It depends on how much time (hours) we have while stopped. We have, of course, the microwave but also a toaster oven and a Oil-filled electric skillet (but Google for other models). Although I use electricity exclusively, we do have the propane two-burner stove -- although, if cold out, it would be difficult uncomfortable to ventilate properly. Oh! And I do have that nifty Microwave Pasta cooker that is a god-send.

I have had suggested but haven't tried the "Crock Pot in the sink" as you drive down the road.

Yeah, it is not as convenient as in our stick and stone house but not everything else is either.

Dishes are done in the laundry room of the campground -- although we do use a lot of paper for weight control and storage space reasons.

We haven't done any "boondocking" but if we did, I believe the generator would supply the electricity needed at a very reasonable cost.

Now, having said that: I have no objection to "TV Dinners." Some of the Lean Cuisine products, for instance, are quite nutritious (not all, of course, so be careful). See this article, for example.
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Old 03-24-2010, 08:52 AM   #27
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Ron, what do you do about cooking and dishes when you are on the road and winterized? All the rest I get.
We have never traveled winterized. At most, with our Casita trailer, we poured some RV anti-freeze into our waste tanks. As long as there is heat in the living areas, your plumbing is not going to freeze - open some cabinet doors inside if you are worried.

Then again, we never camped anywhere with nights below 20 in our Casita, and in our motorhome, we haven't gone below 11 at night. There, the basement is kept warm enough so we don't even pour anything into our waste tanks.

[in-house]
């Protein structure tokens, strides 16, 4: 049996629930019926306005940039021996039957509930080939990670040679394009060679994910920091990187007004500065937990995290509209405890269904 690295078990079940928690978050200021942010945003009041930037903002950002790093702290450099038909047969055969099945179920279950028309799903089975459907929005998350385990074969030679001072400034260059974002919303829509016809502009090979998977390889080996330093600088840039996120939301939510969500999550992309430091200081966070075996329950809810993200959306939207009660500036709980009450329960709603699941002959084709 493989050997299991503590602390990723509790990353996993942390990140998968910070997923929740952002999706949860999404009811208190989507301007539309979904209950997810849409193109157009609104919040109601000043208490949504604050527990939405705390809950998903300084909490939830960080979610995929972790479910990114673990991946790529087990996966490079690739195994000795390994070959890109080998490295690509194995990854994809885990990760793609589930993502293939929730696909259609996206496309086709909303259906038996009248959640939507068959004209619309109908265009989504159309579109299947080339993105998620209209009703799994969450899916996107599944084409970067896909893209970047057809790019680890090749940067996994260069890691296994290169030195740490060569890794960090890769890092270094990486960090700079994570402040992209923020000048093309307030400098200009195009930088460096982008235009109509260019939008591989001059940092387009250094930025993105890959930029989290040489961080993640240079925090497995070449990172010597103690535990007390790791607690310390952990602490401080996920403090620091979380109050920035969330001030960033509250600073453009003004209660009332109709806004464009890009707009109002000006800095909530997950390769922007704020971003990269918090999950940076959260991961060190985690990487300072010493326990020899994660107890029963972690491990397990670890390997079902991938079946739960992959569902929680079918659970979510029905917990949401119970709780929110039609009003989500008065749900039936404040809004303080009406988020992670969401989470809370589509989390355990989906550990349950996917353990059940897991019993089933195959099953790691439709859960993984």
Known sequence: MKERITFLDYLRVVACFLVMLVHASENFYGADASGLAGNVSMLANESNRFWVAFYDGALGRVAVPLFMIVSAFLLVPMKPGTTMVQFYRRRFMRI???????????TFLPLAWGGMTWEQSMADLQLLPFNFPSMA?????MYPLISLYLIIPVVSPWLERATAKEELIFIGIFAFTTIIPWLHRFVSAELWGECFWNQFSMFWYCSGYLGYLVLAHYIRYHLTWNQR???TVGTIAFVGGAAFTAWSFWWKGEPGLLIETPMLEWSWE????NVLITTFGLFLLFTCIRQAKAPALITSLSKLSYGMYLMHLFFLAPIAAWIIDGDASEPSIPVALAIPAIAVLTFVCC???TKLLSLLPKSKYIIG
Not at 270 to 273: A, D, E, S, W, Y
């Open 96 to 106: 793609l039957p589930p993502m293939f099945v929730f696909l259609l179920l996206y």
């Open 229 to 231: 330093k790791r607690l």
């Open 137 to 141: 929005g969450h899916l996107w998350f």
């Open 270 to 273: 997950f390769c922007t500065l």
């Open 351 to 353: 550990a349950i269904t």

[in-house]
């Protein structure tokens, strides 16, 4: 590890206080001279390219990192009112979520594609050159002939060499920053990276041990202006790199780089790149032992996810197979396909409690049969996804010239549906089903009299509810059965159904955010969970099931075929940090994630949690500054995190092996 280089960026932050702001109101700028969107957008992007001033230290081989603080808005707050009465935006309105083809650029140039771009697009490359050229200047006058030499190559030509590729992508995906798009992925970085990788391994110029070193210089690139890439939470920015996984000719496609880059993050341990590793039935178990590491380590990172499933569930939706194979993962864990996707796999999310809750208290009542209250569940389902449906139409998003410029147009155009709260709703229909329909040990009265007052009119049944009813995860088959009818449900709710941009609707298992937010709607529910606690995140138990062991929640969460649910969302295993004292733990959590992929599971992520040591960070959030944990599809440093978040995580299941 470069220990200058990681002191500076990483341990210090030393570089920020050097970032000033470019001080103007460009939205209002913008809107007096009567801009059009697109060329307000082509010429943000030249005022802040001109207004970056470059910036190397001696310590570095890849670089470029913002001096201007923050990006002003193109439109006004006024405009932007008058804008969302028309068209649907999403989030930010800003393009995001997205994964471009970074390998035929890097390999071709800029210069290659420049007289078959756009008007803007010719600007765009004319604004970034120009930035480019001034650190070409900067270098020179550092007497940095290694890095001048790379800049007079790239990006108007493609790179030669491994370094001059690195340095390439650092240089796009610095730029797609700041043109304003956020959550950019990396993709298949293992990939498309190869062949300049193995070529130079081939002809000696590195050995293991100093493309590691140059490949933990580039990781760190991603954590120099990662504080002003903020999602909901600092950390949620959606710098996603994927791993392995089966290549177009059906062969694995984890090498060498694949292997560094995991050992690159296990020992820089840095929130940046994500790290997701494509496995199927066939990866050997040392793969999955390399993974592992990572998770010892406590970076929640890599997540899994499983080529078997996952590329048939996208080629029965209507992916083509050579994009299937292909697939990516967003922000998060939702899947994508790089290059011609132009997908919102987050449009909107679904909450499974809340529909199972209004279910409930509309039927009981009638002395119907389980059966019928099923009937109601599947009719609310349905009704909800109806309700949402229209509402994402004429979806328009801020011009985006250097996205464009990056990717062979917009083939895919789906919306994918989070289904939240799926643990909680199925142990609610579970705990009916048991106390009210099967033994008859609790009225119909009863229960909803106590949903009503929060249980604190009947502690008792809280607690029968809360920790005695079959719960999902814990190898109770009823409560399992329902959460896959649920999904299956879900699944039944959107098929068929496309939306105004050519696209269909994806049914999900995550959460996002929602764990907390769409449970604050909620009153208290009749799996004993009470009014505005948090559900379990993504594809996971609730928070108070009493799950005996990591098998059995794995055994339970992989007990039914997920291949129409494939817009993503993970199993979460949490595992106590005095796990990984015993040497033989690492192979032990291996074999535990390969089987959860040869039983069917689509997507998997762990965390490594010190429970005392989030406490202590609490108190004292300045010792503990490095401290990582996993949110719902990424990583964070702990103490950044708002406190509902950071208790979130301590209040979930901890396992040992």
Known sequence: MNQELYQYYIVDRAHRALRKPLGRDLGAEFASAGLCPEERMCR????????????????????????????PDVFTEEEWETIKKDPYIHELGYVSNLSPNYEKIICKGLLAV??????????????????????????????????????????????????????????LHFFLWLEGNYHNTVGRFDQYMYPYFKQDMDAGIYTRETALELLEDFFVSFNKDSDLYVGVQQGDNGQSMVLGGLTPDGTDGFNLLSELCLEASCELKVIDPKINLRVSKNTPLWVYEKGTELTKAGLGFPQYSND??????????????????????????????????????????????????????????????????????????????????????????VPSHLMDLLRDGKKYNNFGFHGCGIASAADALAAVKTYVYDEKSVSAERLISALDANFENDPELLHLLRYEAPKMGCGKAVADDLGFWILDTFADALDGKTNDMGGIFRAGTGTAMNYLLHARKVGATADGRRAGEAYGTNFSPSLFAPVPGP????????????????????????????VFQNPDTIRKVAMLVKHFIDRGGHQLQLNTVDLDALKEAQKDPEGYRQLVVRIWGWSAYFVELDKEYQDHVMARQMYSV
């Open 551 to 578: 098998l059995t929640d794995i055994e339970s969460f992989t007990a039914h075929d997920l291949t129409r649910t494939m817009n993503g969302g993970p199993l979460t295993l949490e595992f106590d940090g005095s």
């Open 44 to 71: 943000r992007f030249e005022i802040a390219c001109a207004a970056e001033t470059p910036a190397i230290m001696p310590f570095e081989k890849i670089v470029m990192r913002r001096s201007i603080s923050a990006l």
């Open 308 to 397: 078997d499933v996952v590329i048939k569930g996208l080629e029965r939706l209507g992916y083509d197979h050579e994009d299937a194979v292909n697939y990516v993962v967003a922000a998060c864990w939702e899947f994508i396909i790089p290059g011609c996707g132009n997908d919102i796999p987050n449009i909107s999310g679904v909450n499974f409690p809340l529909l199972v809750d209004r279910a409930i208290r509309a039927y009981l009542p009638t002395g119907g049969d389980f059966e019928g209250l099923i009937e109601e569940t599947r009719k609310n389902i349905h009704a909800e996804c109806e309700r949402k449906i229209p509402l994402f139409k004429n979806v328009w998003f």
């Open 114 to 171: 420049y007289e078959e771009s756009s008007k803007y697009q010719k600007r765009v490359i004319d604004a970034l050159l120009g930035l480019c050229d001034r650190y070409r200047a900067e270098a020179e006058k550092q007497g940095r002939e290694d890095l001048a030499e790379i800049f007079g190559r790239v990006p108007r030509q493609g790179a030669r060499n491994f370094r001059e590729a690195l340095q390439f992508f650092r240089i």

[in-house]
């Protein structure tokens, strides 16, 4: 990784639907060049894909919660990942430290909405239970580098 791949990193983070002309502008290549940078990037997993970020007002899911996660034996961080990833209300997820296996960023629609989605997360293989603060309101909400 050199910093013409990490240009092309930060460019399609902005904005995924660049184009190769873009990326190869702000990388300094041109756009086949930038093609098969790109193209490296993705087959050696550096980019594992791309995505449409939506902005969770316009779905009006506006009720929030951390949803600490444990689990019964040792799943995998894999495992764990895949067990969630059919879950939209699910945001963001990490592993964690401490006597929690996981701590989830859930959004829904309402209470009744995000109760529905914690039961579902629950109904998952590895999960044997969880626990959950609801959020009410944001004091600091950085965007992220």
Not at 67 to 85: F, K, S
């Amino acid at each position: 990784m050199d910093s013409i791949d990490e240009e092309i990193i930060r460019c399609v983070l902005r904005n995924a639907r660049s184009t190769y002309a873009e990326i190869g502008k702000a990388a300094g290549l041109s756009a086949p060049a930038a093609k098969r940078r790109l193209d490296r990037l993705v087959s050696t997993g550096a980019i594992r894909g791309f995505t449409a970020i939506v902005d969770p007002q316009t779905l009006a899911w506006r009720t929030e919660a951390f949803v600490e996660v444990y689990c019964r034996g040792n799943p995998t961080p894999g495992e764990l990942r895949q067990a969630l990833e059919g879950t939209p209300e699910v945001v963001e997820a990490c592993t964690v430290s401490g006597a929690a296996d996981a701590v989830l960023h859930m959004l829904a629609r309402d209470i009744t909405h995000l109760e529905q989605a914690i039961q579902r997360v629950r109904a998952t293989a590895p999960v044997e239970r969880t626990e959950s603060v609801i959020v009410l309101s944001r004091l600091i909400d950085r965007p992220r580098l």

If you are bound and determined to camp where nights drop below 20 or so, and days don't really get above freezing, and your heating systems are really up to snuff, then you probably have to take more drastic measures.

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Old 03-24-2010, 12:36 PM   #28
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Ron, what do you do about cooking and dishes when you are on the road and winterized? All the rest I get.
As a fellow Roadtreker, we have be able to enjoy a variety of menu items without going to Lean Cusine by shopping an increasing variety of pre-prepped main-course meals from Costco. On last trip we had a veal entree, garlic shortribs, and pot roast to name a few. All were done in the stock microwave, so cook times had to be extended. Adding a few frozen veggies and some Uncle Ben's rice mixes makes for a pretty good meal.
It is pretty amazing the menu choices showing up in Costco refrig and frozen cases. The unit costs are a bit higher, of course, but the ability to have meals with character and variety is well worth it. Especially if you compare to eating out and paying the premium required for decent wine.